The city and the sea
Sometimes you’re reminded how different things look from another perspective.
There’s a small piece of land stretching out into the sea right besides Raouche, Beirut’s big landmark rock that looks like it’s been thrown into the water by giant hands. Dalieh – the land takes its name from 3arishe, a vine or any part of a tree that hangs down, just like this small piece of rocky and overgrown natural hills lead from the city upstairs to where the water begins.
If you’re walking on the corniche that stretches all along the city’s western waterfront, you might not see or take note of Dalieh. From up there, the land seems forgotten or deserted – a piece of untamed wilderness in an urban landscape where every centimetre is either built upon or parked upon or inteded to be built/parked upon.
But if you walk down, you find that Dailieh is different. It’s being used but in a very different way – by families and young couples, kids playing football, teenagers offering rides on horses and even a camel. Fishermen preparing their nets, drinking coffee and smoking cheap cigarettes.
On weekdays Dalieh is calm and quiet. People might stroll down there during the day but it’s mostly the families who live there who frequent the area. In the early evenings people come down and in the mornings too – those who need a dip in the sea before the day begins.
Saturdays and Sundays are busier. This is when the animals are brought down, and when a short lady sets up a small table with chewing gum and cigarettes for sale. When cotton candy in vibrant pink is sold in plastic bags.
Before, many people in Beirut probably didn’t think much about Dalieh – those who frequent it are not from the same crowds that write articles and run businesses and set the agenda for public debates. Many of them have coffees or meals at seaside restaurants instead, getting their view over the Mediterranean with an attached bill at the end of the visit. Most visitors to Dalieh, those who make use of the space, are people with less purchasing power – and fewer places in the city to go.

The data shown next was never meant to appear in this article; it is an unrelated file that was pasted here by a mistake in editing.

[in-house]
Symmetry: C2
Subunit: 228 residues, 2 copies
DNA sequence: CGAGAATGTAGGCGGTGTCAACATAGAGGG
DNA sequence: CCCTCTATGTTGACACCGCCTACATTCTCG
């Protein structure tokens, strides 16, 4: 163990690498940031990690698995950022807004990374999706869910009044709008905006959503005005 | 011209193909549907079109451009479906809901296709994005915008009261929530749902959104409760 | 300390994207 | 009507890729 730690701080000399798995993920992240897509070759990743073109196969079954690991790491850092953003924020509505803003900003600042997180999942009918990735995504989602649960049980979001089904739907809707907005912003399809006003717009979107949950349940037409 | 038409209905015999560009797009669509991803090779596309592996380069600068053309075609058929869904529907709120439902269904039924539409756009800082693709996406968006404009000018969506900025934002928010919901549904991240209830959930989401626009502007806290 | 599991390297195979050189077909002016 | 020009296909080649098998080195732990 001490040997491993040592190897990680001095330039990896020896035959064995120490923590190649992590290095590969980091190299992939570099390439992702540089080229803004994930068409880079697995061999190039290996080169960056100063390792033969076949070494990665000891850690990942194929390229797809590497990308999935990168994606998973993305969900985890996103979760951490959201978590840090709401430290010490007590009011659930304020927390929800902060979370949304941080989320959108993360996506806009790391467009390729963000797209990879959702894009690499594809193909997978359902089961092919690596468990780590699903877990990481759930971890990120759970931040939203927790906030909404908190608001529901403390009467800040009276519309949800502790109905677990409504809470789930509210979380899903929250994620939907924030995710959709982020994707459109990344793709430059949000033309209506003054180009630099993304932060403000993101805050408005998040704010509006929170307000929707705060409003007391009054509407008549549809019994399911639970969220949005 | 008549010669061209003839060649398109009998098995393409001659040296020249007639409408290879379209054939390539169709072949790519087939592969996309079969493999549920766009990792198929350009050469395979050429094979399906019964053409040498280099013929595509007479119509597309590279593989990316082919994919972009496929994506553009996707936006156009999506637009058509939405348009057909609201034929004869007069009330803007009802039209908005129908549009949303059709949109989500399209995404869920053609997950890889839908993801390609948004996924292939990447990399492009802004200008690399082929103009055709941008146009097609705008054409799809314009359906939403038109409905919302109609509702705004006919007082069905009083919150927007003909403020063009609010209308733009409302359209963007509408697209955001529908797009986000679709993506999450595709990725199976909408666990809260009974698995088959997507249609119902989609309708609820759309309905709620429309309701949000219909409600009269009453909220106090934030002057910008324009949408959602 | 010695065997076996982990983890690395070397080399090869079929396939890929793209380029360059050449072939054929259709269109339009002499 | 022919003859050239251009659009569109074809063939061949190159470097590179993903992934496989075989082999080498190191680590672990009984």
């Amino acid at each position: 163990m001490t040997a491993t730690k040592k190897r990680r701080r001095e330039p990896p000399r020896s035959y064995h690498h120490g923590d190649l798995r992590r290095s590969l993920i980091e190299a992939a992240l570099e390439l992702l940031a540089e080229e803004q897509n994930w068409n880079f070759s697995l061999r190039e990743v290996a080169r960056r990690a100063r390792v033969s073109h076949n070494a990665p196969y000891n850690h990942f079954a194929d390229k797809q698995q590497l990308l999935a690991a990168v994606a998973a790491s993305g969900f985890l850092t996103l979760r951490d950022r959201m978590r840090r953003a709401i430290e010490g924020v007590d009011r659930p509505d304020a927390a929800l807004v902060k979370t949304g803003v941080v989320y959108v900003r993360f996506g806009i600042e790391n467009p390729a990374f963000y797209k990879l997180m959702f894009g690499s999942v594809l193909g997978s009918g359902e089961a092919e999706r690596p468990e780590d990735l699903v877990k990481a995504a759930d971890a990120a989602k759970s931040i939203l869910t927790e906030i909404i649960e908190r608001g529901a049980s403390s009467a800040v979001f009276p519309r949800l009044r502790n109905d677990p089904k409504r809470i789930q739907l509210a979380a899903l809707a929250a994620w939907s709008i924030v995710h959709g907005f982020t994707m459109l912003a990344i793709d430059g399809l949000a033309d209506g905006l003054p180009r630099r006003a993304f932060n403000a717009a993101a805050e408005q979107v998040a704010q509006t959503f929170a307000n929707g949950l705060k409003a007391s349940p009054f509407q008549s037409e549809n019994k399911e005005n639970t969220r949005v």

But lately, many more have come to know – and talk – about Dalieh.
It was last year that it first appeared. The imposing fence, effectively cutting people off from the wild grass and sloping slopes that until then you could just jump down on over the low metal bars along the corniche.
Dalieh, we suddenly learned, was to meet the same fate as many other parts of Lebanon’s coast: it was going to be developed, built upon, and thereby transfered from the realm of open, shared and public use. It turned out the architect hired to draft a proposal for the project (no one knows exactly what will be built should the plans go ahead, but developers in Beirut have a solid track record of constructing fenced-off, private “beach clubs”, hotels and establishments offering fabricated concepts of being “by the sea”) is the renowned Rem Koolhaas from Holland – the civil campaign launched to protect Dalieh wrote an open letter asking him to consider the value and history of the site, to which he answered briefly in the comments section.
The fence has been up for almost a year now, and the small restaurants that used to serve coffe and tea and late night snacks in its place have been removed. But people are still going down to Dalieh. There’s an opening in the fence, and the steep road leading down to the area is still accessible. People have created art in the fence – figures made from ribbons and thin ropes who try to climb up and get across.